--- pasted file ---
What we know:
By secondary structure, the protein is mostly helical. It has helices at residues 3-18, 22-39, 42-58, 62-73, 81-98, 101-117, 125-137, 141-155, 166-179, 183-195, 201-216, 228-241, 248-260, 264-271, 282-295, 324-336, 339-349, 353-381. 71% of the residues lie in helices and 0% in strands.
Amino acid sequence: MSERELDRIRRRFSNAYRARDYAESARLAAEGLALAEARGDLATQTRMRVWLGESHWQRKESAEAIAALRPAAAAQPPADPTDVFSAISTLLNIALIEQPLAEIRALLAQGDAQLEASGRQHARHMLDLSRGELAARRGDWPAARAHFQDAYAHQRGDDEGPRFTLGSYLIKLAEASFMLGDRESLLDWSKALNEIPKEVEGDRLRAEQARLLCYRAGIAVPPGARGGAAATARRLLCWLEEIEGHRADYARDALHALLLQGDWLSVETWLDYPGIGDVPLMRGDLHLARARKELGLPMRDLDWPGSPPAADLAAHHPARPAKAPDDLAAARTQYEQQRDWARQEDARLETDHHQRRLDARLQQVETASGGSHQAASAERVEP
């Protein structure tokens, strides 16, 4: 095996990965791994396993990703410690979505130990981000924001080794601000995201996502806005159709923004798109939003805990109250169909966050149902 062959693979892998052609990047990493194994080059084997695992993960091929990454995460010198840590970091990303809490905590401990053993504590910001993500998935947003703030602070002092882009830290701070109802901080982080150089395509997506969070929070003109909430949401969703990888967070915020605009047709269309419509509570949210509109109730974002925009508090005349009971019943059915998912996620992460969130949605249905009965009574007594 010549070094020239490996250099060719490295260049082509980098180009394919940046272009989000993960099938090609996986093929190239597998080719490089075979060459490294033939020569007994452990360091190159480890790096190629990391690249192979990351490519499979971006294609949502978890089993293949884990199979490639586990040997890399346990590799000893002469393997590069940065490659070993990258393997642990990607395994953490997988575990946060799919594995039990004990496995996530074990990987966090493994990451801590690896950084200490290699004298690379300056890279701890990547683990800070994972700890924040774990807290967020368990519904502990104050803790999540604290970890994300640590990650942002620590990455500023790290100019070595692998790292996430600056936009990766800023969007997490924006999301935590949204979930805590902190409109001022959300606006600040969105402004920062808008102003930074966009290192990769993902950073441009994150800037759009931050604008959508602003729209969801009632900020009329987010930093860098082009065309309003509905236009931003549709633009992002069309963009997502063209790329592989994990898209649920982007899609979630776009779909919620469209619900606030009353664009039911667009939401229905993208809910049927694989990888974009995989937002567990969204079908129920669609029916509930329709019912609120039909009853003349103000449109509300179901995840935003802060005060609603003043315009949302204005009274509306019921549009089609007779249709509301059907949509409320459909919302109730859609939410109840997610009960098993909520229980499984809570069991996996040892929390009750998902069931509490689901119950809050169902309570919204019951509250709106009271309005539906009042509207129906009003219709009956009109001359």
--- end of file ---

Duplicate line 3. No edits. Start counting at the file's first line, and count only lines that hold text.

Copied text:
Amino acid sequence: MSERELDRIRRRFSNAYRARDYAESARLAAEGLALAEARGDLATQTRMRVWLGESHWQRKESAEAIAALRPAAAAQPPADPTDVFSAISTLLNIALIEQPLAEIRALLAQGDAQLEASGRQHARHMLDLSRGELAARRGDWPAARAHFQDAYAHQRGDDEGPRFTLGSYLIKLAEASFMLGDRESLLDWSKALNEIPKEVEGDRLRAEQARLLCYRAGIAVPPGARGGAAATARRLLCWLEEIEGHRADYARDALHALLLQGDWLSVETWLDYPGIGDVPLMRGDLHLARARKELGLPMRDLDWPGSPPAADLAAHHPARPAKAPDDLAAARTQYEQQRDWARQEDARLETDHHQRRLDARLQQVETASGGSHQAASAERVEP